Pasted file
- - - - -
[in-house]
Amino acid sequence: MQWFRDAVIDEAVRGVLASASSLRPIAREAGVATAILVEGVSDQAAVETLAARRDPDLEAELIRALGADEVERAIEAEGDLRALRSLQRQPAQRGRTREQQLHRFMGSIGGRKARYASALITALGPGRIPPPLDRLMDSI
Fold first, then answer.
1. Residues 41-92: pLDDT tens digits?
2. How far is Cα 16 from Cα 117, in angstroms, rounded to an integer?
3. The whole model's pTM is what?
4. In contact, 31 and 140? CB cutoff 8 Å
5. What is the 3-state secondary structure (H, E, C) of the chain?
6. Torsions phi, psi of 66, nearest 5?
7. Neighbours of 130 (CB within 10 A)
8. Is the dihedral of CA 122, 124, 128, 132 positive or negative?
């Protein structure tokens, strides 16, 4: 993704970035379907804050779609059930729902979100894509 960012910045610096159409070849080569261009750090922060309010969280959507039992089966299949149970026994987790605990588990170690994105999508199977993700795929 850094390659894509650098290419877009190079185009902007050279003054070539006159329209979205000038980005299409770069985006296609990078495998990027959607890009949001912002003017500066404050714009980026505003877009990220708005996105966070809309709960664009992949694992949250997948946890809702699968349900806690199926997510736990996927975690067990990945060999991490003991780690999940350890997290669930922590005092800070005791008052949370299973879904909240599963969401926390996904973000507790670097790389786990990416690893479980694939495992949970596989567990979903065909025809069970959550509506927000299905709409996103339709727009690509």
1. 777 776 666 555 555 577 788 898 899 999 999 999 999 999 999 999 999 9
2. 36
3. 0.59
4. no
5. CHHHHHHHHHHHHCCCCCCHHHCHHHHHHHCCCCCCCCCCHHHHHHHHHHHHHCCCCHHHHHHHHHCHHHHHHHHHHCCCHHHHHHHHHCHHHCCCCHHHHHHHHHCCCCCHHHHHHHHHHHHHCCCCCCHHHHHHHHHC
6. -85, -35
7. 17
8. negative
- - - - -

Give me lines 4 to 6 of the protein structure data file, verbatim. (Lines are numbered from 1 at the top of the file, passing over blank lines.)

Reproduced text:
1. Residues 41-92: pLDDT tens digits?
2. How far is Cα 16 from Cα 117, in angstroms, rounded to an integer?
3. The whole model's pTM is what?